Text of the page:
The H9N2 influenza virus is one o es present in the world (Alexanderwere inoculated either intranasally or intratracheally with the BJ94-like H9N2 virus. However, only four of the seven beagles in the intranasal group and five of the seven beagles in the intratracheal group displayed a mild fever; similarly, only two of the five beagles in the intranasal group and three of the five beagles in the intratracheal group underwent seroconversion. However, no viruses were detected from nasal swabs or rectal swabs or in the lungs of any of the inoculated beagles. Our results demonstrated that beagles have low susceptibility to the BJ94-like H9N2 avian influenza virus, which is the main virus circulating in southern China, indicating that the BJ94-like H9N2 virus does not currently threaten the health of dogs.  2015 Elsevier B.V. All rights reserved. idely distributed virusGuan et al., 2000; Xu 2014). On November 30, 2013, a novel reassortant avian influenza

A H10N8 virus caused the death of a 73-year-old woman, and sequence analyses showed that the six internal segments were also from the H9N2 virus (Chen et al., 2014). Therefore, reassortment ofAvailable online 9 February 2015

H9N2 has been circulating in various types of poultry in southern China. Additionally, a number of studies have reported that H9N2 evolves rapidly and is frequently reassorted with H5N1, H7N9, or H10N8 to gen-Beagle dogs have low susceptibility to BJ virus

Pei Zhou a,1, Lifang Wang a,1, San Huang a,1, Cheng Fu aCollege of Veterinary Medicine, South China Agricultural University, 483 Wushan Road a r t i c l e i n f o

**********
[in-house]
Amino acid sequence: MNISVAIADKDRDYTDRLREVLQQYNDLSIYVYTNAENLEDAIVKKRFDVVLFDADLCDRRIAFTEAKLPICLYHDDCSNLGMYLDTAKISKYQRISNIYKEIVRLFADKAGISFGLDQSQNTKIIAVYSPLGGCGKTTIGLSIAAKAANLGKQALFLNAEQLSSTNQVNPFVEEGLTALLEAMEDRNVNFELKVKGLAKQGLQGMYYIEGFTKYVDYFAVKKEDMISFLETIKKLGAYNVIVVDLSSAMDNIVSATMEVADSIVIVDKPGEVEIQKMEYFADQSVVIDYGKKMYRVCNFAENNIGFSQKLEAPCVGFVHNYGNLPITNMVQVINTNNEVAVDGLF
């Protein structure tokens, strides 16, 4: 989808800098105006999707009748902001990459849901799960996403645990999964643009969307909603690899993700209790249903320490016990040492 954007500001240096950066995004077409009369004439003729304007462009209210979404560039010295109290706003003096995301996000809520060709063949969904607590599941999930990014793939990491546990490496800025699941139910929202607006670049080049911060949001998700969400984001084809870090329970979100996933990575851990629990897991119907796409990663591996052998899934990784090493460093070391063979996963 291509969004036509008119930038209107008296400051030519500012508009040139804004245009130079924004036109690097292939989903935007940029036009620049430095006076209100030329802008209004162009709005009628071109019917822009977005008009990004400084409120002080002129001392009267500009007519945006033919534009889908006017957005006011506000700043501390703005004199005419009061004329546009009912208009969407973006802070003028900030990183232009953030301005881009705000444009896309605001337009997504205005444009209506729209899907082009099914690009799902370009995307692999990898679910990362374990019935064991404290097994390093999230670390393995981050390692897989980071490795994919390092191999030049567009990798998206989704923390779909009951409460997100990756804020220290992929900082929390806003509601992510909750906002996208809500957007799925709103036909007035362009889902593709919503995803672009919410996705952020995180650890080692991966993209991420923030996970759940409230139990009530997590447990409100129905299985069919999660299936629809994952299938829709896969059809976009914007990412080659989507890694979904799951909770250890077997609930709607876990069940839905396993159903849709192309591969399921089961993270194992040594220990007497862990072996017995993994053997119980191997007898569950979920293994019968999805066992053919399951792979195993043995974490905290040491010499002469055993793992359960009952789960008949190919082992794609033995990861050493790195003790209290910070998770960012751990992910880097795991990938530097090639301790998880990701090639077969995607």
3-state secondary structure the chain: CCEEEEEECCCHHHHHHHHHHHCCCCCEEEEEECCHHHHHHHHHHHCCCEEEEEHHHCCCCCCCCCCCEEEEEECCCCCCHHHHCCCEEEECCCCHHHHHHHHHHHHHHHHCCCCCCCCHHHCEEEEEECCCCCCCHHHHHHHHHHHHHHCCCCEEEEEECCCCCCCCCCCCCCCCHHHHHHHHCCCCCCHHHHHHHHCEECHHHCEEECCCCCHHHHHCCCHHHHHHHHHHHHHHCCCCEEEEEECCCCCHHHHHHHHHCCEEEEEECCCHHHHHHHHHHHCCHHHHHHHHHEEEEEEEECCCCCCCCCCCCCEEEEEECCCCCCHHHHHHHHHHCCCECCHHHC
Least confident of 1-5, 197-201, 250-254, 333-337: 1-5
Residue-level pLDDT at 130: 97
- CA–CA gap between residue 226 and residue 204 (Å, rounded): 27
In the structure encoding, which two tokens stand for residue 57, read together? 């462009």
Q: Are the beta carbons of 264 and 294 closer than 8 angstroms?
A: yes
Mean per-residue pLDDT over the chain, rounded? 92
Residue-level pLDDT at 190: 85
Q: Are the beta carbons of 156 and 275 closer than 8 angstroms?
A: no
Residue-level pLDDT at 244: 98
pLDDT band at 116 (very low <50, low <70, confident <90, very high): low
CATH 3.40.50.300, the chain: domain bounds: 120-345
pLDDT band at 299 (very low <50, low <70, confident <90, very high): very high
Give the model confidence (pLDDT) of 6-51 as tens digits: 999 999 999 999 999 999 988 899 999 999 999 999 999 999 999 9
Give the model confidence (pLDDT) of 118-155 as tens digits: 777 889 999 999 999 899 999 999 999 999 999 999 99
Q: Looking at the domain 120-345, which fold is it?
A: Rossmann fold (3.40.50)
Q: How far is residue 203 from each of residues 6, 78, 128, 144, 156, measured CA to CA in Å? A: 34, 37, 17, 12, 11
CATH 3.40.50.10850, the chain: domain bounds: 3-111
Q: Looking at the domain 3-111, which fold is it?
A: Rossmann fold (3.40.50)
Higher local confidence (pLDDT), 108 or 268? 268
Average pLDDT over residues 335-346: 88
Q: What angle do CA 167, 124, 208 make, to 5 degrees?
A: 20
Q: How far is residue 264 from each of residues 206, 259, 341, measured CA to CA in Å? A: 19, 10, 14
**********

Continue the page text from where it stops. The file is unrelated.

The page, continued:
Article history:

Received 6 November 2014

Received in revised form 15 January 2015

Accepted 19 January 2015 a b s t r a c t

In China, dogs are consider to be infected with H9N2; there are three different lin journal homepage: www.-like H9N2 avian influenza

Huamei He a, Malin Hong a, Shuo Su a, Shoujun Li a,⇑ nhe District, Guangzhou, Guangdong Province, People’s Republic of China significant intermediate hosts of influenza viruses and have been reported ditionally, a reassortant H9N2 virus has been isolated in dogs. Currently, es of H9N2, including BJ94-like, G1-like, and Y439-like lineages; BJ94-like le at ScienceDirect s and Evolution evier .com/locate /meegid

China) by a hemagglutination inhibition (HI) test according to (H&E), and no viral antigens were detected by the immunohistos andchemical experiment (Fig. 1G). Additionally, only four of seven beagles in the intranasal group and five of seven beagles in the intratracheal group displayed a mild fever, and none of the inoculated animals showed any notable symptoms of disease (Fig. 1A, B and Table 1). Serum antibody levels were measured using hemagglutination inhibition (HI), and two of five remaining beagles in the intranasal group and three of five remaining beagles in the intratracheal group underwent seroconversion (Fig. 1C, D and Table 1). The P value between intranasal group and intratracheal group for mild fever and seroconversion were more than 0.05 which indicated that there are no significant different between intranasal group and intratracheal group for slight fever and seroconversion (Table 1). 3. Discussion